25 Pages Posted: 4 Jun 2009 Last revised: 7 Aug 2013
Date Written: December 1, 2009
We examine the corporate governance practices of Brazilian public companies. We identify areas where their governance is relatively strong and weak. Many firms have small boards, comprised entirely or almost entirely of insiders or representatives of the controlling family or group. Even some very large firms have no independent directors. Formal board processes are limited. Audit committees are uncommon, but many firms use a substitute body – the fiscal board – which does not require that the firm have independent directors to staff the audit committee. Financial disclosure is mixed. Some firms voluntarily provide English language disclosure, but many do not provide cash flow statements or consolidated quarterly financial statements. Brazilian corporate law often provides limited protection to minority shareholders, but the Brazilian stock exchange, Bovespa, provides optional governance rules which go beyond the legal minimums. These optional rules have become increasingly popular with Brazilian firms.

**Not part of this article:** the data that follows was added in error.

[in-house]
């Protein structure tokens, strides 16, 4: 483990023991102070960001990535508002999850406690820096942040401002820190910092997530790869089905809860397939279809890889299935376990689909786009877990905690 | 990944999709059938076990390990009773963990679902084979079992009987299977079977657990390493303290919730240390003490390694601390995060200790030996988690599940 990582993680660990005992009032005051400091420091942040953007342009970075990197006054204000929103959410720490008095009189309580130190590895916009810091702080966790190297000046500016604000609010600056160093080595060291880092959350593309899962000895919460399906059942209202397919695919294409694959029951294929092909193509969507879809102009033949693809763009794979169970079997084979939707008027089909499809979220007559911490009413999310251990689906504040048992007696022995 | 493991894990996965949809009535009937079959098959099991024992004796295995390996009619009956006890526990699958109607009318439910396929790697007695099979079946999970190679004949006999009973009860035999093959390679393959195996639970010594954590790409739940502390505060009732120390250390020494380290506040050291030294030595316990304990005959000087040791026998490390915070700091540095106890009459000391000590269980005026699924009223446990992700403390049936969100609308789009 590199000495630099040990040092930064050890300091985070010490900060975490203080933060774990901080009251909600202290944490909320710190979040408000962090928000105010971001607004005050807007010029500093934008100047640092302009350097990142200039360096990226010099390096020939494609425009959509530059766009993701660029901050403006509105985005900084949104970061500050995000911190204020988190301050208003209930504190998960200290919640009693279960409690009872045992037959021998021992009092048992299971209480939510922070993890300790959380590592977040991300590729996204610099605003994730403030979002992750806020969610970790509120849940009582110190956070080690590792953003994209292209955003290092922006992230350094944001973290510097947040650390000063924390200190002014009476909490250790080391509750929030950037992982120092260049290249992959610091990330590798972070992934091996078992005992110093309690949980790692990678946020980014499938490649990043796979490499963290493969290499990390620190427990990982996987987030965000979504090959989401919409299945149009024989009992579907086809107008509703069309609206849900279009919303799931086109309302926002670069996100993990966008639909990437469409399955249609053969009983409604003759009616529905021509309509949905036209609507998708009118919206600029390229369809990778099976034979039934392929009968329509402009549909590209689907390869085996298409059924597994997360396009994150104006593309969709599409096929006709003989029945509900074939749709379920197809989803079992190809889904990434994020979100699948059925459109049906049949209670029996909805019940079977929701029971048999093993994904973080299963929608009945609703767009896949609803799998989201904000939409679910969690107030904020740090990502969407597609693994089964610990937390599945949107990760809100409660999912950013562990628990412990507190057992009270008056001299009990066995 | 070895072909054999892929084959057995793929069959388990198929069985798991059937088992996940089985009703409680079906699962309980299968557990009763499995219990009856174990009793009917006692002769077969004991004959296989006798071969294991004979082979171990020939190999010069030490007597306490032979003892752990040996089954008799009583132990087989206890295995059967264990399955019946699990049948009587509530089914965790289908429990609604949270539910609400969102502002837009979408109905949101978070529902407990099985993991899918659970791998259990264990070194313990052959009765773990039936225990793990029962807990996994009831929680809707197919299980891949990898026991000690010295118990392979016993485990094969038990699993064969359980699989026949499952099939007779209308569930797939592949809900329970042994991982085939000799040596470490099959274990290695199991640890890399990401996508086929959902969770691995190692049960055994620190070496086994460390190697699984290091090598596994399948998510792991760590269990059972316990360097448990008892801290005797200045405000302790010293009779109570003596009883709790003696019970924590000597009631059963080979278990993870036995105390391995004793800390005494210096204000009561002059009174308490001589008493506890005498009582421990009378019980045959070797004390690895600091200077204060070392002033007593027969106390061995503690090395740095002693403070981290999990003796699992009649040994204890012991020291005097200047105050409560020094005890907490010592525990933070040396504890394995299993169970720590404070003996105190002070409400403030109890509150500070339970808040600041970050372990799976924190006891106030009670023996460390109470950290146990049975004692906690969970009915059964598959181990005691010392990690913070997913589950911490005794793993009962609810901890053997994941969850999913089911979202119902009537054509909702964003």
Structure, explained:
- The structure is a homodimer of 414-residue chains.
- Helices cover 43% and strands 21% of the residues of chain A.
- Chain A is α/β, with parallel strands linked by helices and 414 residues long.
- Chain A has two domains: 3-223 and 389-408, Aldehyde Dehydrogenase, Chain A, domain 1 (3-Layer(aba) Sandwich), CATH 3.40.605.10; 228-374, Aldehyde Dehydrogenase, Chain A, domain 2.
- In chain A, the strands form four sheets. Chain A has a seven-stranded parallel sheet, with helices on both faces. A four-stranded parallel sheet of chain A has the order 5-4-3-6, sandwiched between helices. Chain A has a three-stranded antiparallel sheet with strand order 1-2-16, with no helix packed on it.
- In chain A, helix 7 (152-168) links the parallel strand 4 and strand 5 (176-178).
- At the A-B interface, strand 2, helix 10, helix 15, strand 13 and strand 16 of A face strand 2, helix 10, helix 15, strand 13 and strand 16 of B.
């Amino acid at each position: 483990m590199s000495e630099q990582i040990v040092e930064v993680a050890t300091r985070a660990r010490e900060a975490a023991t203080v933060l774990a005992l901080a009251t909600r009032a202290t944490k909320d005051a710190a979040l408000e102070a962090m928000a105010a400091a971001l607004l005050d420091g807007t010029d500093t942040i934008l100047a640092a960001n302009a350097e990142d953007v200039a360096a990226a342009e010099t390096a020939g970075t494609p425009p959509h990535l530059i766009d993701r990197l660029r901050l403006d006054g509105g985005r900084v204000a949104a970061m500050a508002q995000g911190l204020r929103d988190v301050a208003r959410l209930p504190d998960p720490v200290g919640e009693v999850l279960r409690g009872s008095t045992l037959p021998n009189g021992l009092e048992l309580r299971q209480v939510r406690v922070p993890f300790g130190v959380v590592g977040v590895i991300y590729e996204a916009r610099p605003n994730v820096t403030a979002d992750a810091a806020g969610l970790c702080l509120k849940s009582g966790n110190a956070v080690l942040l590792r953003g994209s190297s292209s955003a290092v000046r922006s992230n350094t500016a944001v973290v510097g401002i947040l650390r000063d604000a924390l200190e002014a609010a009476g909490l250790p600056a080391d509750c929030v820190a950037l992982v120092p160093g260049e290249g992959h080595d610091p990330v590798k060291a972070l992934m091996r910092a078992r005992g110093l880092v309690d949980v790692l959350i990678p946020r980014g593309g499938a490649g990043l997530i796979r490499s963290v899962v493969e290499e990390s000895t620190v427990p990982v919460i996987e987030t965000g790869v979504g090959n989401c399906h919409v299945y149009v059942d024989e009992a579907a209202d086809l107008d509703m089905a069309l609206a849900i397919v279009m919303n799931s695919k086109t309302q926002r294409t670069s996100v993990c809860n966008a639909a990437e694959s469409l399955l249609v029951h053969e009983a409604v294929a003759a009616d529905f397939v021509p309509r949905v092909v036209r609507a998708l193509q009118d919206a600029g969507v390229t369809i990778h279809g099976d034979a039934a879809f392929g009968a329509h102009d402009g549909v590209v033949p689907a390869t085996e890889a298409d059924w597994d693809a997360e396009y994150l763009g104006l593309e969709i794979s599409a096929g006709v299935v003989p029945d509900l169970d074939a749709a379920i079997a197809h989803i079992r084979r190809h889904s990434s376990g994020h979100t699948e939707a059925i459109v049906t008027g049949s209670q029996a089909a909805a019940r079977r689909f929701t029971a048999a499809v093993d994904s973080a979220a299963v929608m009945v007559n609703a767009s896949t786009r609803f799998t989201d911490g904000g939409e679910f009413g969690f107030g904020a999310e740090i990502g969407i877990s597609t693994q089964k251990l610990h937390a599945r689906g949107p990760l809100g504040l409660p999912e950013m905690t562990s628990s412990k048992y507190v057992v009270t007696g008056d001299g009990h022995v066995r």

For a more detailed study, see Black, de Carvalho and Gorga, The Corporate Governance of Privately Controlled Brazilian Firms, Revista Brasileira de Finanças vol. 7 (2009), at http://ssrn.com/abstract=1003059 (Portuguese version at http://ssrn.com/abstract=1528183
Keywords: Brazil, corporate governance, boards of directors, minority shareholders
JEL Classification: G15, G38, K22
Suggested Citation: Suggested Citation
Black, Bernard S. and De Carvalho, Antonio Gledson and Gorga, Érica, Corporate Governance in Brazil (December 1, 2009). nearly final version, published in Emerging Markets Review, Vol. 12, 2010; ECGI - Finance Working Paper Series; U of Texas Law, Law and Econ Research Paper ; McCombs Research Paper Series . Available at SSRN: https://ssrn.com/abstract=1152454